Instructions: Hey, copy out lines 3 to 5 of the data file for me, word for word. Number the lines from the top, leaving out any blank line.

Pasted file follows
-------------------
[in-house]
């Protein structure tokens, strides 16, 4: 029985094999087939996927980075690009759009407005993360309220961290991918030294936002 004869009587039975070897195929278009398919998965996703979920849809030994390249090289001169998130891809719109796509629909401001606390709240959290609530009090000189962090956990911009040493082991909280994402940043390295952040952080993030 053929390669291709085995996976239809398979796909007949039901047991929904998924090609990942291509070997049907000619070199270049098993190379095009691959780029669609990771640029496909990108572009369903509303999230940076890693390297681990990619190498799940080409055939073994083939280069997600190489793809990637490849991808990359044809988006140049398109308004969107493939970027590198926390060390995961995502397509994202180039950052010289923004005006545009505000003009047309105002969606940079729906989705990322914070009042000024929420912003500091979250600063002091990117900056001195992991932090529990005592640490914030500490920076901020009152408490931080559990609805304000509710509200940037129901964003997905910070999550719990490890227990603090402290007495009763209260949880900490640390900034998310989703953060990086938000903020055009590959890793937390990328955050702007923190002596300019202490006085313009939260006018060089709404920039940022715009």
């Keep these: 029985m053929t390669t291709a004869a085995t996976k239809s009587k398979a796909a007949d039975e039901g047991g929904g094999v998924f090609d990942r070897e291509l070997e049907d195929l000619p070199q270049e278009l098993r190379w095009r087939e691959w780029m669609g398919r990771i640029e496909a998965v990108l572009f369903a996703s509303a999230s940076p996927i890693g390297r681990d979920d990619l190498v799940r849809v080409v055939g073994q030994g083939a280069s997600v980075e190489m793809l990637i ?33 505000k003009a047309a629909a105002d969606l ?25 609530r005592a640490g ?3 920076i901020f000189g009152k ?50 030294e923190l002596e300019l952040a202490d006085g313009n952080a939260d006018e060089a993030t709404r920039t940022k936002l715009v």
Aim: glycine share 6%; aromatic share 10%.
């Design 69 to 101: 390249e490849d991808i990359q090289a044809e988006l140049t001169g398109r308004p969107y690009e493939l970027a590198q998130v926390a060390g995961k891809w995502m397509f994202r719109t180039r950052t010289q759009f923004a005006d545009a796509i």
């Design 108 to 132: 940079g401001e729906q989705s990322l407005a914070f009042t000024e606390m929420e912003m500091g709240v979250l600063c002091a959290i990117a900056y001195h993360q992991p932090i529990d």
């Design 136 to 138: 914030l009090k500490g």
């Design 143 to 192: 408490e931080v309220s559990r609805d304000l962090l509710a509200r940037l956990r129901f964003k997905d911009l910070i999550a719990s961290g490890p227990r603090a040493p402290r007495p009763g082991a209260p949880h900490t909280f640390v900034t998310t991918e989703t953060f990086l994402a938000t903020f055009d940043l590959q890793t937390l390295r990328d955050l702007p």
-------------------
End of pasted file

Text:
């Keep these: 029985m053929t390669t291709a004869a085995t996976k239809s009587k398979a796909a007949d039975e039901g047991g929904g094999v998924f090609d990942r070897e291509l070997e049907d195929l000619p070199q270049e278009l098993r190379w095009r087939e691959w780029m669609g398919r990771i640029e496909a998965v990108l572009f369903a996703s509303a999230s940076p996927i890693g390297r681990d979920d990619l190498v799940r849809v080409v055939g073994q030994g083939a280069s997600v980075e190489m793809l990637i ?33 505000k003009a047309a629909a105002d969606l ?25 609530r005592a640490g ?3 920076i901020f000189g009152k ?50 030294e923190l002596e300019l952040a202490d006085g313009n952080a939260d006018e060089a993030t709404r920039t940022k936002l715009v």
Aim: glycine share 6%; aromatic share 10%.
């Design 69 to 101: 390249e490849d991808i990359q090289a044809e988006l140049t001169g398109r308004p969107y690009e493939l970027a590198q998130v926390a060390g995961k891809w995502m397509f994202r719109t180039r950052t010289q759009f923004a005006d545009a796509i």